Donora Smog Museum and Historical Society – Donora, Pennsylvania - Atlas Obscura

Donora Smog Museum and Historical Society

A museum commemorating the Donora Smog, which killed 20 people in October 1948 and sparked national outrage over air pollution. 


The front window of this museum boasts “Clean Air Started Here.” Well, that was only after this sleepy mill town on the Monongahela River experienced some very, very dirty air. In 1948, two large plants dominated Donora – the US Steel-owned Donora Zinc Works, once the largest such plant in the world, and the American Steel & Wire plant.

On October 26, 1948, a dense haze blanketed the town–this was a common occurrence, but unlike previous episodes, this fog failed to blow away. A temperature inversion in the valley trapped the noxious emissions from the two plants, and soon people began to fall ill.

Finally, the plants were shut down on October 31, just hours before a rainstorm helped clear out the smog. All told, roughly half of Donora’s population of 14,000 people had become sick and 20 people were dead from the smog. Fifty more people died soon after the smog lifted, and an untold number had their lives severely shortened by the episode.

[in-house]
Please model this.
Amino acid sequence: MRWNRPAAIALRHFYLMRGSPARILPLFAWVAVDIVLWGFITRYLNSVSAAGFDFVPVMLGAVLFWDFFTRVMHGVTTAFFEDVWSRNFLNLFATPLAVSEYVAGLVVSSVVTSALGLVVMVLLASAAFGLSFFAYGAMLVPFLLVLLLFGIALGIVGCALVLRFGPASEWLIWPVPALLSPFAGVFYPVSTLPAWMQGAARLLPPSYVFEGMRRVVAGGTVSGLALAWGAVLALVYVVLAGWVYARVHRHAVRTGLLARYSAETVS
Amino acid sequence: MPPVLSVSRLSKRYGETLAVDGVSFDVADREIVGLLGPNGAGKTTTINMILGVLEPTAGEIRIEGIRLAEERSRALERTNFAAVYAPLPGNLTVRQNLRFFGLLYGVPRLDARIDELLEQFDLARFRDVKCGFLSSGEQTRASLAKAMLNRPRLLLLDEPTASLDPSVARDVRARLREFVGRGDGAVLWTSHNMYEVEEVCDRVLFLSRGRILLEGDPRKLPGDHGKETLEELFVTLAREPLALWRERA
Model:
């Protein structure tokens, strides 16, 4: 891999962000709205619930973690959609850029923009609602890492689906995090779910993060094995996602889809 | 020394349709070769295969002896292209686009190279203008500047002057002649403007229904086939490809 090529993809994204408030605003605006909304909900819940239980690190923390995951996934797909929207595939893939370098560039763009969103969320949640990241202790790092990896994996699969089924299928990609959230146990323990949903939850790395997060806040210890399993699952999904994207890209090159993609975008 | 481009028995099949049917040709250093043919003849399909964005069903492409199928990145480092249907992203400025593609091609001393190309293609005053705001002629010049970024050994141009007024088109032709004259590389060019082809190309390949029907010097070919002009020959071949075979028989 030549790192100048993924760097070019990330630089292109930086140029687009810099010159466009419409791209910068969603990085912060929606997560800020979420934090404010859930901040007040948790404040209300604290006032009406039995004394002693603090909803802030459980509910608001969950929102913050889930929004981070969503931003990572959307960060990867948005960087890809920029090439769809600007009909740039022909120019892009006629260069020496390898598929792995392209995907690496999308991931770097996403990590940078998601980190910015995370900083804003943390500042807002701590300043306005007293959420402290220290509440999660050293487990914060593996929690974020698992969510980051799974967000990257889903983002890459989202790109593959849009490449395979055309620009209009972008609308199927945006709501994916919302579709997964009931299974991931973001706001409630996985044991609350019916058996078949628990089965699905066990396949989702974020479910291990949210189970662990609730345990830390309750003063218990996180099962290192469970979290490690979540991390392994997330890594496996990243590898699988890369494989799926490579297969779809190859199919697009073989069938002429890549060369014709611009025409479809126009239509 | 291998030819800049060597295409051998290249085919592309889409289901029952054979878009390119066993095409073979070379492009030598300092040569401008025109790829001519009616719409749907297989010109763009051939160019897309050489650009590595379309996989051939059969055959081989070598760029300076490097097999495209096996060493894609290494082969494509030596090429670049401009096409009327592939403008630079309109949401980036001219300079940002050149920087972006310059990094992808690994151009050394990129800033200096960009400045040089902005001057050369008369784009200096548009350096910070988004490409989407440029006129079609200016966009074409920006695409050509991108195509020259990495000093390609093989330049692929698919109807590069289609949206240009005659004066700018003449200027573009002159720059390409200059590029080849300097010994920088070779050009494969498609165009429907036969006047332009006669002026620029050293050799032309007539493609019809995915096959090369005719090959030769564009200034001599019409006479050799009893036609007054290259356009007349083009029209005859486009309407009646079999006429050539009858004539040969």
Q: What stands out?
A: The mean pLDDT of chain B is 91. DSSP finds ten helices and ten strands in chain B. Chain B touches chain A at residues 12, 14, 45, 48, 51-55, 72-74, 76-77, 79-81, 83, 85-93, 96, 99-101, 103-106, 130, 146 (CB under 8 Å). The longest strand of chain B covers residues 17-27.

The plants never admitted responsibility for the deaths, calling the smog the result of a “freak weather condition.” They paid out some small settlements to victims, and both plants remained open until 1966. Though this was not the first such episode of deadly industrial smog in the world, it did raise national awareness to the problems of air pollution, thus giving the museum its slogan.

In addition to accounts and artifacts from the 1948 disaster, inside the museum you can also see aerial photographs from the 1940s showing vast swaths of land downwind from the zinc plant utterly denuded from pollution. You can also hear the story of the young World War I veteran who returned home to work in the steel mill, only to be encased in molten metal in an industrial accident. Legend has it that during World War II, his accidental sarcophagus was dug up and the metal (as well as the body inside) was melted down and used to make artillery shells.

Despite its history of terrible air quality, Donora has a proud sporting tradition, producing such baseball stars as St. Louis Cardinals shortstop and Hall of Famer Stan Musial and both Ken Griffey, Sr. and Jr. Many bits of sports memorabilia, as well as other artifacts from the town’s history, are on display in this museum. The museum opened in October 2008 to mark the 60th anniversary of the smog.

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December 5, 2009

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  • Davis, Devra Lee. "Donora: The 60th Anniversary." University of Pittsburgh Cancer Institute, Center for Environmental Oncology, Vol. 3, No. 1, Winter 2009.
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